I followed the tutorials online to the letter. I created a share on the array called nextcloud. I installed Mariadb, set my various passwords in the container and ran the container. I deleted the bottom variable as I didn’t want to use it.
Mariadb fired up with no errors in the logs. I then went to install Nextcloud. I used the linuxserver image (my preferred repository), changed the port number from 443 to 444 (Unraid needs 443), and fired her up.
I entered a new username and password (mindful to keep them different to the database credentials we set up in Mariadb). I then clicked on the database part but when it came to connecting to the database, I was continually met with this error:
Error while trying to create admin user: Failed to connect to the database: An exception occured in driver: SQLSTATE[HY000]  Access denied for user ‘…..’@’localhost’ (using password: YES)
- Changed every credential in Mariadb and nextcloud repeatedly, including removing non-alphanumeric characters
- Nuked both images and started over (including deleting the directories out of /appdata )
- I tried localhost:3306, 127.0.0.1:3306, my.server.ip.address:3306, nothing would connect
- I worked through countless varieties of combos of the Mariadb credentials to no-avail.
I started to look online for the answer, it seems I wasn’t the only one having this problem. I saw people recommending going into the shell of the Mariadb container and manually configuring a new user, but that all seemed like hardwork. Particularly as we already had the variables set in Unraid.
I decided to try and look into the database itself, and for that I needed adminer:
- Go to the Apps page and download and install adminer. I left everything as standard aside from changing the port.
- Ensure Mariadb is running, and then from the adminer webpage, select the database to connect to. Note: here you can connect to your nextcloud database as the user, or you can connect to Mariadb as root. I opted for the second. Username is root, and password is whatever you configured in the mariadb container (“MYSQL_ROOT_PASSWORD”). Enable permanent login at the bottom to save the credentials for next time (a list of your logins will save to the left).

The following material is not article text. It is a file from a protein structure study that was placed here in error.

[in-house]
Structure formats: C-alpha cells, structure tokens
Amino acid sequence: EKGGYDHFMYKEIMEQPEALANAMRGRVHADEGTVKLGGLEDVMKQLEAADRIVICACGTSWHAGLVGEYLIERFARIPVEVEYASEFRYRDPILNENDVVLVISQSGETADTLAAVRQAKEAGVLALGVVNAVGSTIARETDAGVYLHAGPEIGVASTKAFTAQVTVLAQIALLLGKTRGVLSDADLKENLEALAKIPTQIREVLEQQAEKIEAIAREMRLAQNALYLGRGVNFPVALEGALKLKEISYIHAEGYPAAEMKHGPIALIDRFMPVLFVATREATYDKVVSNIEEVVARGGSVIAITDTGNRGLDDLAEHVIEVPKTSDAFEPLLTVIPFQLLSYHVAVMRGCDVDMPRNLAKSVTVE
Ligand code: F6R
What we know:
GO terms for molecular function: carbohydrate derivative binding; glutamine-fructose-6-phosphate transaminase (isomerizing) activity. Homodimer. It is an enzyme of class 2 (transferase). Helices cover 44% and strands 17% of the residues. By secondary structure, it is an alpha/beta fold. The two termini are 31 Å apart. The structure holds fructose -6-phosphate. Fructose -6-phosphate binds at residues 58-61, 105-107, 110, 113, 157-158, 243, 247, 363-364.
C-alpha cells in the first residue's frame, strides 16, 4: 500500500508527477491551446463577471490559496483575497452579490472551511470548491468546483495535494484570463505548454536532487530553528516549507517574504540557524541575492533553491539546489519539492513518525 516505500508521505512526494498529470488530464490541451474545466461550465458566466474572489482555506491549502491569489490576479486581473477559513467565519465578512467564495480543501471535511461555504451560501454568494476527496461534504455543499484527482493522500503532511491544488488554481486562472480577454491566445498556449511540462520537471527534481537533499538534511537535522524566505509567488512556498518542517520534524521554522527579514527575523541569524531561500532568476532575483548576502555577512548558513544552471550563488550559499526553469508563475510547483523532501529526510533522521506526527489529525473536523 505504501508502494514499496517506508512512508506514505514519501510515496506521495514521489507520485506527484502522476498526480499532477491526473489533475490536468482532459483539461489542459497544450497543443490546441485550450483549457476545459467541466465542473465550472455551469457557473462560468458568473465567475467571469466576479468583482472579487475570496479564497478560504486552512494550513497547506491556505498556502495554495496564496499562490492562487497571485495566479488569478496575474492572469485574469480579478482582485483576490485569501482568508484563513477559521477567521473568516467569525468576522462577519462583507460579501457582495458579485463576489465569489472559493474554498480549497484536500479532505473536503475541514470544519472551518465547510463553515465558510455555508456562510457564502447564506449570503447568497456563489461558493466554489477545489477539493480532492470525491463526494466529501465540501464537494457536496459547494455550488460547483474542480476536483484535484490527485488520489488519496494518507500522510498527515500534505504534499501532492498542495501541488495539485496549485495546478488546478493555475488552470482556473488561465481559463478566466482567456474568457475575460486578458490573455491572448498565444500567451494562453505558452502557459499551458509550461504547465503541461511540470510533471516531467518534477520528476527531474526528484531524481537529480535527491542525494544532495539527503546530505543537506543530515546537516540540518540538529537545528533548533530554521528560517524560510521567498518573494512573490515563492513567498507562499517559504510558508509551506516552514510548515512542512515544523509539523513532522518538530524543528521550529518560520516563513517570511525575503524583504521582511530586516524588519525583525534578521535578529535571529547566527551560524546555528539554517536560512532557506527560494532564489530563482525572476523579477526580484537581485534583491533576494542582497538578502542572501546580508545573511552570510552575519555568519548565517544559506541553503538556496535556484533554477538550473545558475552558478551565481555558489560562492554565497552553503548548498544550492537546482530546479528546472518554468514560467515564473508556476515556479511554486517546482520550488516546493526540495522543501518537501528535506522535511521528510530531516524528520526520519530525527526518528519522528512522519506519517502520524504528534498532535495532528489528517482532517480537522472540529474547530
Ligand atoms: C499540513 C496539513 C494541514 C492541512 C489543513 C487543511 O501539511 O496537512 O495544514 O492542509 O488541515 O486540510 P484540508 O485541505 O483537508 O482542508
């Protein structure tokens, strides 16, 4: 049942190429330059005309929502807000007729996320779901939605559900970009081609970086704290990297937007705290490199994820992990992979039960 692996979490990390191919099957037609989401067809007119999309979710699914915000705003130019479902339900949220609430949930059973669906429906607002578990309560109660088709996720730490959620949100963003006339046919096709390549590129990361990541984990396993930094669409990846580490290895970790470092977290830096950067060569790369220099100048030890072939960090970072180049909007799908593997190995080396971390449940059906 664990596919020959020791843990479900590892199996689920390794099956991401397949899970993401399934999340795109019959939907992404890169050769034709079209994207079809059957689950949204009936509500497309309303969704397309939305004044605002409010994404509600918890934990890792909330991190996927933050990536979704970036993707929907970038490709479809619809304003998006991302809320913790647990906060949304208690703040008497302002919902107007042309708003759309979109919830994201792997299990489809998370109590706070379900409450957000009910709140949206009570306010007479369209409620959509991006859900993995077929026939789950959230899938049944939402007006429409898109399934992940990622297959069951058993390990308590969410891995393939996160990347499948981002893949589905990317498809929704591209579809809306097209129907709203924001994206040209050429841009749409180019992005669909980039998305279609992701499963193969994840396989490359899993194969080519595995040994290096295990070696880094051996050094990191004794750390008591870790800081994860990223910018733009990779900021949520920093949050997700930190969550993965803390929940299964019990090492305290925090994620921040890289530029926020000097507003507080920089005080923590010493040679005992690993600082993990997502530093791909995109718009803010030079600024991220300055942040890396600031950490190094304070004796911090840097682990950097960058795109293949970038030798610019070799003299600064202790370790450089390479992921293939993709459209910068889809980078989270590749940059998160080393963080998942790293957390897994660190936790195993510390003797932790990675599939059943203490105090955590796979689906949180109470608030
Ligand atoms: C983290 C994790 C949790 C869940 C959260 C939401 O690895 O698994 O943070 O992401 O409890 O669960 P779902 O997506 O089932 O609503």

- On a successful login, you should see a list of databases… You can ignore all of them aside from the nextcloud database you set up (yours might be named differently).
- Enter your nextcloud database and select Privileges (top right).
- You should see your user at the top. Click on Edit.
- I toggled off ‘All privileges’ and then toggled it back on. Hit save at the bottom. Now try to connect the database to Nextcloud.
For me, it connected straight away. For local host, at the bottom of the config screen, I literally just put in the address of the mariadb container, i.e. 192.x.x.x:3306 (I didn’t bother with http or https). After a minute or so deploying, I was staring at the Nextcloud login screen.
Installing the Nextcloud Client on Windows
I decided to use Chocolatey for this. If you’re not using choco, you need to be!
See here for more details. Installation was as simple as:
choco install nextcloud-client -y
Within 30 seconds, I was staring at my share in Windows.
Am I exactly sure what happened initially to stop me from making a successful connection? No. It looks to me like the database password that we set up in the container template for some reason didn’t take properly. Adminer seemed to allow me to essentially force the password through. Maybe this is a bug, or maybe by design. Either way, I’m now looking at a successful Nextcloud installation.
If anyone has any other ideas or explanations, I’m all ears. Better yet, why not join us on facebook to help share any other solutions or tips and tricks.
If you’re considering a renovation and looking at the structured wiring side of things, or maybe you just want to support the blog, have a look below at my smarthome book, it’s available in all the usual places (including paperback).